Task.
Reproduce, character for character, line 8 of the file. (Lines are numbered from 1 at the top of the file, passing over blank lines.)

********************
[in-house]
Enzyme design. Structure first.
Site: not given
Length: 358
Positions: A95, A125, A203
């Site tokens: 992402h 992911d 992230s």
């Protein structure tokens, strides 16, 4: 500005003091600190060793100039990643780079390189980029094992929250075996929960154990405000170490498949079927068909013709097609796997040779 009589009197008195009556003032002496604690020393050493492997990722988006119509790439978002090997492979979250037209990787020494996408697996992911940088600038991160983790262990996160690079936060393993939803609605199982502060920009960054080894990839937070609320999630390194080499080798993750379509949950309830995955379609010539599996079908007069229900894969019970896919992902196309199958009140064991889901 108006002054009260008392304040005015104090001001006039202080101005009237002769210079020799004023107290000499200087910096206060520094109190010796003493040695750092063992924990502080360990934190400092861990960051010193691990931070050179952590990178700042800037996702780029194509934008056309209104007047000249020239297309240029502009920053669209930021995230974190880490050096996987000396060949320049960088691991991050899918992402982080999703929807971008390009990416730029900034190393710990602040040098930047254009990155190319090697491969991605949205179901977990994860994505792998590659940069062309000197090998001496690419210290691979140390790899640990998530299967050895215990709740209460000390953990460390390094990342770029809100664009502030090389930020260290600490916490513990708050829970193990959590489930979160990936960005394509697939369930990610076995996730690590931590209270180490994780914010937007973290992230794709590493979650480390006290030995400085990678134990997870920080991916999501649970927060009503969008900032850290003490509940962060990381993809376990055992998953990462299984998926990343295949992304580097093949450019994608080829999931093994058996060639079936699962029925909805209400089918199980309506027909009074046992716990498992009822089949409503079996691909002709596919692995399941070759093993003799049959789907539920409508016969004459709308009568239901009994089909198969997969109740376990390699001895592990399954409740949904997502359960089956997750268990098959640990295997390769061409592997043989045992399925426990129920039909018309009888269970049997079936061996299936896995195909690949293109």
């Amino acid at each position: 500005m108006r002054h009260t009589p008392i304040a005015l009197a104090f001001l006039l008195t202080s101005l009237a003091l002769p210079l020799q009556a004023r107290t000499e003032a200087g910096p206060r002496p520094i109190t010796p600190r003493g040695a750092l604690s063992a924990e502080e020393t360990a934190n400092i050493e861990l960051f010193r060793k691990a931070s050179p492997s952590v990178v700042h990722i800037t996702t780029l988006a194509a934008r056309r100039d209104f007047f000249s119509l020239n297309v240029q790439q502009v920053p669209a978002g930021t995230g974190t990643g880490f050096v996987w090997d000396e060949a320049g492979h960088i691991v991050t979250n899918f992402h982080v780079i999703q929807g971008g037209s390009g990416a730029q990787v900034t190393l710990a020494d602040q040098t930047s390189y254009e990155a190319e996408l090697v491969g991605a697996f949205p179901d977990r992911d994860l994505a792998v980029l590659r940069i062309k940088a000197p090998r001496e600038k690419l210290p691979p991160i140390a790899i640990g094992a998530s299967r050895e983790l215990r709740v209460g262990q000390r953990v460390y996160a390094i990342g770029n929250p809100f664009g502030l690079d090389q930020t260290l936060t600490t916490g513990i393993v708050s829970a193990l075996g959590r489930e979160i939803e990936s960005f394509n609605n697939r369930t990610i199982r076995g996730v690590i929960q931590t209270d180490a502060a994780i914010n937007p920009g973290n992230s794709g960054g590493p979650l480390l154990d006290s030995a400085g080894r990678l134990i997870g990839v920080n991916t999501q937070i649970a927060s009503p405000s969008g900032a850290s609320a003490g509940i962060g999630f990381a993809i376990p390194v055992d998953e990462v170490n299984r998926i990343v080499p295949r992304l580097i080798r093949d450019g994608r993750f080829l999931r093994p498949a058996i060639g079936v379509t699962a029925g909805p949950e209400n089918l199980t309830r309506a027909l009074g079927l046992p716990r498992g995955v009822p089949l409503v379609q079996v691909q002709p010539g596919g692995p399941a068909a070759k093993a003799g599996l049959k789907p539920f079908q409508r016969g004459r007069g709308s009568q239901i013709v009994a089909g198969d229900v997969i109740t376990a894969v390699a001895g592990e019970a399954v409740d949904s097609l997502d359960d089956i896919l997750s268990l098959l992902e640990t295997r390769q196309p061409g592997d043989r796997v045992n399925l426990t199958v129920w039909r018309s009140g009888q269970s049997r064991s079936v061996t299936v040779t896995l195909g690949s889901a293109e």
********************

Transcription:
């Amino acid at each position: 500005m108006r002054h009260t009589p008392i304040a005015l009197a104090f001001l006039l008195t202080s101005l009237a003091l002769p210079l020799q009556a004023r107290t000499e003032a200087g910096p206060r002496p520094i109190t010796p600190r003493g040695a750092l604690s063992a924990e502080e020393t360990a934190n400092i050493e861990l960051f010193r060793k691990a931070s050179p492997s952590v990178v700042h990722i800037t996702t780029l988006a194509a934008r056309r100039d209104f007047f000249s119509l020239n297309v240029q790439q502009v920053p669209a978002g930021t995230g974190t990643g880490f050096v996987w090997d000396e060949a320049g492979h960088i691991v991050t979250n899918f992402h982080v780079i999703q929807g971008g037209s390009g990416a730029q990787v900034t190393l710990a020494d602040q040098t930047s390189y254009e990155a190319e996408l090697v491969g991605a697996f949205p179901d977990r992911d994860l994505a792998v980029l590659r940069i062309k940088a000197p090998r001496e600038k690419l210290p691979p991160i140390a790899i640990g094992a998530s299967r050895e983790l215990r709740v209460g262990q000390r953990v460390y996160a390094i990342g770029n929250p809100f664009g502030l690079d090389q930020t260290l936060t600490t916490g513990i393993v708050s829970a193990l075996g959590r489930e979160i939803e990936s960005f394509n609605n697939r369930t990610i199982r076995g996730v690590i929960q931590t209270d180490a502060a994780i914010n937007p920009g973290n992230s794709g960054g590493p979650l480390l154990d006290s030995a400085g080894r990678l134990i997870g990839v920080n991916t999501q937070i649970a927060s009503p405000s969008g900032a850290s609320a003490g509940i962060g999630f990381a993809i376990p390194v055992d998953e990462v170490n299984r998926i990343v080499p295949r992304l580097i080798r093949d450019g994608r993750f080829l999931r093994p498949a058996i060639g079936v379509t699962a029925g909805p949950e209400n089918l199980t309830r309506a027909l009074g079927l046992p716990r498992g995955v009822p089949l409503v379609q079996v691909q002709p010539g596919g692995p399941a068909a070759k093993a003799g599996l049959k789907p539920f079908q409508r016969g004459r007069g709308s009568q239901i013709v009994a089909g198969d229900v997969i109740t376990a894969v390699a001895g592990e019970a399954v409740d949904s097609l997502d359960d089956i896919l997750s268990l098959l992902e640990t295997r390769q196309p061409g592997d043989r796997v045992n399925l426990t199958v129920w039909r018309s009140g009888q269970s049997r064991s079936v061996t299936v040779t896995l195909g690949s889901a293109e």